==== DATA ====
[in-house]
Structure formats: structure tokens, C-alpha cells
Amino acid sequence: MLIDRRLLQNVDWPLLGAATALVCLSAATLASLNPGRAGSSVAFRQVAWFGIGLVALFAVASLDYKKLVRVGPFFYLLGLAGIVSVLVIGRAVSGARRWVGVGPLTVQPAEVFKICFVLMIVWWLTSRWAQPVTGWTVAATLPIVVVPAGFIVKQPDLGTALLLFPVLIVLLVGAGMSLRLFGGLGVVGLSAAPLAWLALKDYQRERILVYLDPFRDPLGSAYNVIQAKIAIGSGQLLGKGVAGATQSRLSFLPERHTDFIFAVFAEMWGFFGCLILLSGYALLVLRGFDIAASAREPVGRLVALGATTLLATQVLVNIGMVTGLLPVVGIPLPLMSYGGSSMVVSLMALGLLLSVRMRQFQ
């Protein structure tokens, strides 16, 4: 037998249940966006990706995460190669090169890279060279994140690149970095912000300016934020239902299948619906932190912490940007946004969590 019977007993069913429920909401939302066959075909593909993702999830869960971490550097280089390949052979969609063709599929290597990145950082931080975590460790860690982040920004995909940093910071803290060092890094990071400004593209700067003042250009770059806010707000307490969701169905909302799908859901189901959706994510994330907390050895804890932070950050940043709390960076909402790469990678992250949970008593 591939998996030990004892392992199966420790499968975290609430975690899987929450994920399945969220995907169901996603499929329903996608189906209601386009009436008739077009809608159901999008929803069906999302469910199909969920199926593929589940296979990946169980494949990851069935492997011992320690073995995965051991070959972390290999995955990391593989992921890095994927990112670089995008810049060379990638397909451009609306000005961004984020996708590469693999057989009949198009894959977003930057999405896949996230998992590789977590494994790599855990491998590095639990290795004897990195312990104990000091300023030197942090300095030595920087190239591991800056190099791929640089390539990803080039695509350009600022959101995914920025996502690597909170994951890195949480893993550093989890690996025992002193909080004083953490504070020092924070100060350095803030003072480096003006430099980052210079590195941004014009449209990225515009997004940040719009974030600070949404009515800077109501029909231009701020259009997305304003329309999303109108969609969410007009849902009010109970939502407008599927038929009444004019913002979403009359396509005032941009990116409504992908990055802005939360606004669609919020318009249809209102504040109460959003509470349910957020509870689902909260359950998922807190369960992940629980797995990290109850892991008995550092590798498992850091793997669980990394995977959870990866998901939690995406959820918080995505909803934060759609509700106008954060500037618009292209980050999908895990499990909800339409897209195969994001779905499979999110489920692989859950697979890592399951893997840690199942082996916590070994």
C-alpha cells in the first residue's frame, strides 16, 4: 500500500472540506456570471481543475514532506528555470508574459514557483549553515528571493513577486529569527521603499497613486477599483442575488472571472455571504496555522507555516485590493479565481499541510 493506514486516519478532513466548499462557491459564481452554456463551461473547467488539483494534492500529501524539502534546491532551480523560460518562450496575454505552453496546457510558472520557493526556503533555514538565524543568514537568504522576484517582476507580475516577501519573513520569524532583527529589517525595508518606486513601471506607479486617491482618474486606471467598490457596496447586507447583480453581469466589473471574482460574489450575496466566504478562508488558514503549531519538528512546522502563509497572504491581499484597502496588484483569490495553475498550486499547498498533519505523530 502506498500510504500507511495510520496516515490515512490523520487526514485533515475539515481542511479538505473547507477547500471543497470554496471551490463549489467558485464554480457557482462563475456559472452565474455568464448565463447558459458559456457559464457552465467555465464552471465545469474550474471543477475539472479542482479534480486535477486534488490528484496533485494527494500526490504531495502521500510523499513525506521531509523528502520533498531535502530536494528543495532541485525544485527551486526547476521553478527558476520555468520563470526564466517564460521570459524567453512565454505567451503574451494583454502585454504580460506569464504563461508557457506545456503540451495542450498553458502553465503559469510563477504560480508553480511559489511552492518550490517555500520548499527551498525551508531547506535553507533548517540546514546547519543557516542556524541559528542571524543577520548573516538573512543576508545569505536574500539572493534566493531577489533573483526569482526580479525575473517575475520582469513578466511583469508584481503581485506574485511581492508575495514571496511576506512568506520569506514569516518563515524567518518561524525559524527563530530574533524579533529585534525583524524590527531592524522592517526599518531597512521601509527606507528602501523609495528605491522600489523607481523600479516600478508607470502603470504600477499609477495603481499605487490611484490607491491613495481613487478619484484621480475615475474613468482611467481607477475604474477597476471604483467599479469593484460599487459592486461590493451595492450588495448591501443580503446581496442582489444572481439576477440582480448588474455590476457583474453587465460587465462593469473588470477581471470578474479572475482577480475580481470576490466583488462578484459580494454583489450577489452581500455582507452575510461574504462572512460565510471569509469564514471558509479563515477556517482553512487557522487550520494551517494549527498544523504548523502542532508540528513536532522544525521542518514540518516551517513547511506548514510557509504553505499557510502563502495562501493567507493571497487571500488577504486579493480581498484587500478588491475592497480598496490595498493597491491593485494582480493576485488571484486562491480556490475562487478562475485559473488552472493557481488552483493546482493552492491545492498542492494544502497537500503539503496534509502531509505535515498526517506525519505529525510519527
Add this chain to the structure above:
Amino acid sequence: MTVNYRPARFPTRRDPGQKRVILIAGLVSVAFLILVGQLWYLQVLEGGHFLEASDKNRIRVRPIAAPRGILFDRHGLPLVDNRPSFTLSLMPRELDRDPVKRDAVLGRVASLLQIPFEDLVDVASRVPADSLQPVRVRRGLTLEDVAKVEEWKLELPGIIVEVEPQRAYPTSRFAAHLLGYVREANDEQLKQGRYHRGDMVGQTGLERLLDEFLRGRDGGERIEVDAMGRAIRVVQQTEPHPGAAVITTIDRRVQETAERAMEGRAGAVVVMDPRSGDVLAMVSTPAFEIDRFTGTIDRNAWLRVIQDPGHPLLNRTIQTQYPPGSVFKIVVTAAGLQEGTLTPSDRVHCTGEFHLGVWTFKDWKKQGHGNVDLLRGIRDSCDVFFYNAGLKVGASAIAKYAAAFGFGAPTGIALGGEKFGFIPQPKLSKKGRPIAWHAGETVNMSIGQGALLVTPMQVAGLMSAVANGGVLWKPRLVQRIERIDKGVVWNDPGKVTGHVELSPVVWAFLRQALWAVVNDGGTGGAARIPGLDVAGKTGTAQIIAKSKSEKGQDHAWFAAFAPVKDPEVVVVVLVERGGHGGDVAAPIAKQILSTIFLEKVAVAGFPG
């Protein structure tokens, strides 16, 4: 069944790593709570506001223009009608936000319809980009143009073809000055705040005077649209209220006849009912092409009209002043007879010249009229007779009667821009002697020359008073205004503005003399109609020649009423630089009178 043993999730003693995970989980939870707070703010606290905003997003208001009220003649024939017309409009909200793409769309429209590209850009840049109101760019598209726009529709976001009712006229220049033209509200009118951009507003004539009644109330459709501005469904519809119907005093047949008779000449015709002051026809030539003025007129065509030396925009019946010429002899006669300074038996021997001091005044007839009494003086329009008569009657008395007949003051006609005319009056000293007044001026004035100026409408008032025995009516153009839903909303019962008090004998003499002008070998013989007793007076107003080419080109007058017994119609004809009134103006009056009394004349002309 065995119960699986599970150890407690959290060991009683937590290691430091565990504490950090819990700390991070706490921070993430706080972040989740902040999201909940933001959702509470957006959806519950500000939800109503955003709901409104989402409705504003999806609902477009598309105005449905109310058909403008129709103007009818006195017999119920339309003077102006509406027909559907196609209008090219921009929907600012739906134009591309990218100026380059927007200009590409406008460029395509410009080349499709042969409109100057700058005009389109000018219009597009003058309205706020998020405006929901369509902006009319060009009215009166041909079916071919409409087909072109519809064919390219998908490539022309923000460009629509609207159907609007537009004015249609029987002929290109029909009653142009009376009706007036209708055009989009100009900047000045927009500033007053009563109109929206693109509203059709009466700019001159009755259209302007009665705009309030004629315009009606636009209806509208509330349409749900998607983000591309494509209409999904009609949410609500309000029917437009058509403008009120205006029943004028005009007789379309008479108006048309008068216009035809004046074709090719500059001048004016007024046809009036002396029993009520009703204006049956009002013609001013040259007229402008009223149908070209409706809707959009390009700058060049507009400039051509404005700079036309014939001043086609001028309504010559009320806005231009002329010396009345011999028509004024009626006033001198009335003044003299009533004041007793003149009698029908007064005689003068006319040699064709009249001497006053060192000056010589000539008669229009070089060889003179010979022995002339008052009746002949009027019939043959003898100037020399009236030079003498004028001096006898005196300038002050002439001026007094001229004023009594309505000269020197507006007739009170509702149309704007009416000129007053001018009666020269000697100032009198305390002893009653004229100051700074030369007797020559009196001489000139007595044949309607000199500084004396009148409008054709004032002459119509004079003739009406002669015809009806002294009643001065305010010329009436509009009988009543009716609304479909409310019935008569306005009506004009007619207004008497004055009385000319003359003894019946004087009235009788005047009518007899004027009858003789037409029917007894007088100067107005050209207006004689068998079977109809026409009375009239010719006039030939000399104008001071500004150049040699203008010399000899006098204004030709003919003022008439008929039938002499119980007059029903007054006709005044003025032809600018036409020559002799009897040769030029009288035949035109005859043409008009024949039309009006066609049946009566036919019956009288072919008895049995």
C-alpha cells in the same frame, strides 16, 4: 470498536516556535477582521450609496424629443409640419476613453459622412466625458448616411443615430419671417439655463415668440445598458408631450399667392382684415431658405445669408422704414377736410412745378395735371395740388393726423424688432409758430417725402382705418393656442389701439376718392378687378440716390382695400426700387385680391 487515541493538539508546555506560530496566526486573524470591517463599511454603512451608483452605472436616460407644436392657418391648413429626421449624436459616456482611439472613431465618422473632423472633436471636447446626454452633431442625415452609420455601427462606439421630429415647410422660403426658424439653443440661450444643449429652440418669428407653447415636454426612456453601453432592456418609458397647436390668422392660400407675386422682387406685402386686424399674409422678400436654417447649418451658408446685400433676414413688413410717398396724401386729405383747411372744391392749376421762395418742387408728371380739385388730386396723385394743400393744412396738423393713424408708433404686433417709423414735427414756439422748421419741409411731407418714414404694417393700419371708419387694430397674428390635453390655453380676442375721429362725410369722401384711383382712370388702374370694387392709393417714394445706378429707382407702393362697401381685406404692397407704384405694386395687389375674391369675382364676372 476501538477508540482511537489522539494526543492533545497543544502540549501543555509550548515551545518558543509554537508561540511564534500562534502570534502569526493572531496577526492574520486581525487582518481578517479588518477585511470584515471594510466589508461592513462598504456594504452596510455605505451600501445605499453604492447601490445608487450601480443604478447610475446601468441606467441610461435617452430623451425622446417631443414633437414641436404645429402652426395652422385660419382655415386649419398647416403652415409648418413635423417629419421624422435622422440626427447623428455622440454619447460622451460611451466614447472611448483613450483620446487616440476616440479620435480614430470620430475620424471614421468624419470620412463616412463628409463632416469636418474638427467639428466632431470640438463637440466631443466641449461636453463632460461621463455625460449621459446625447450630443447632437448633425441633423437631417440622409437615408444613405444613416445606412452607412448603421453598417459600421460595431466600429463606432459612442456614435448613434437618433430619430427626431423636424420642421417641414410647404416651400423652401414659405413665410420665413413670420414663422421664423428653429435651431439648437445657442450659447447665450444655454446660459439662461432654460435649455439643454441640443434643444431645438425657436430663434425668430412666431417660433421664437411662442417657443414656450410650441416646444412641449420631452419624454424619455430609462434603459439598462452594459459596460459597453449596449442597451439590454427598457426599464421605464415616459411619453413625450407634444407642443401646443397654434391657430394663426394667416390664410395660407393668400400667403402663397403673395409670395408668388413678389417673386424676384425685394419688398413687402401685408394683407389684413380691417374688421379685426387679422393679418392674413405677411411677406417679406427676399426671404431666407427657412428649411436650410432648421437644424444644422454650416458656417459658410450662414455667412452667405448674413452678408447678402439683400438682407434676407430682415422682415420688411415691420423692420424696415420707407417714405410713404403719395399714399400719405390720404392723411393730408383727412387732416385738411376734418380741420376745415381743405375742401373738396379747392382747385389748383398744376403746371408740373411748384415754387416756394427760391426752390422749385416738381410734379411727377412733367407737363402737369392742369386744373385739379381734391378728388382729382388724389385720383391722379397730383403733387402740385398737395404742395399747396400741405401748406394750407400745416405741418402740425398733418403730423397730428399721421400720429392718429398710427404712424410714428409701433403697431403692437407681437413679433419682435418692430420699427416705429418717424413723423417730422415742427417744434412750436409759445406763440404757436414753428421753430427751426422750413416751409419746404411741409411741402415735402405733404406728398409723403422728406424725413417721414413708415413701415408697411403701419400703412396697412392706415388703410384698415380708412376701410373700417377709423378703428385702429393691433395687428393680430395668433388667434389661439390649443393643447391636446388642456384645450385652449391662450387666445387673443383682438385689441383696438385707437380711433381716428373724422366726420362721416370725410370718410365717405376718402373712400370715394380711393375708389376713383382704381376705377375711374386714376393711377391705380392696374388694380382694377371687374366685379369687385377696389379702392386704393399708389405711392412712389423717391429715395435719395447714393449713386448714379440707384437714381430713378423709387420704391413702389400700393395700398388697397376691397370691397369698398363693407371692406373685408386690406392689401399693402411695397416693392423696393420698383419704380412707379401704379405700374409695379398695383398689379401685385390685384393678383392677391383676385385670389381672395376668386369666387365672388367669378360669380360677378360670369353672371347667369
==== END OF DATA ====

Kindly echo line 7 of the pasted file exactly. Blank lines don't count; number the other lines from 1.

Amino acid sequence: MTVNYRPARFPTRRDPGQKRVILIAGLVSVAFLILVGQLWYLQVLEGGHFLEASDKNRIRVRPIAAPRGILFDRHGLPLVDNRPSFTLSLMPRELDRDPVKRDAVLGRVASLLQIPFEDLVDVASRVPADSLQPVRVRRGLTLEDVAKVEEWKLELPGIIVEVEPQRAYPTSRFAAHLLGYVREANDEQLKQGRYHRGDMVGQTGLERLLDEFLRGRDGGERIEVDAMGRAIRVVQQTEPHPGAAVITTIDRRVQETAERAMEGRAGAVVVMDPRSGDVLAMVSTPAFEIDRFTGTIDRNAWLRVIQDPGHPLLNRTIQTQYPPGSVFKIVVTAAGLQEGTLTPSDRVHCTGEFHLGVWTFKDWKKQGHGNVDLLRGIRDSCDVFFYNAGLKVGASAIAKYAAAFGFGAPTGIALGGEKFGFIPQPKLSKKGRPIAWHAGETVNMSIGQGALLVTPMQVAGLMSAVANGGVLWKPRLVQRIERIDKGVVWNDPGKVTGHVELSPVVWAFLRQALWAVVNDGGTGGAARIPGLDVAGKTGTAQIIAKSKSEKGQDHAWFAAFAPVKDPEVVVVVLVERGGHGGDVAAPIAKQILSTIFLEKVAVAGFPG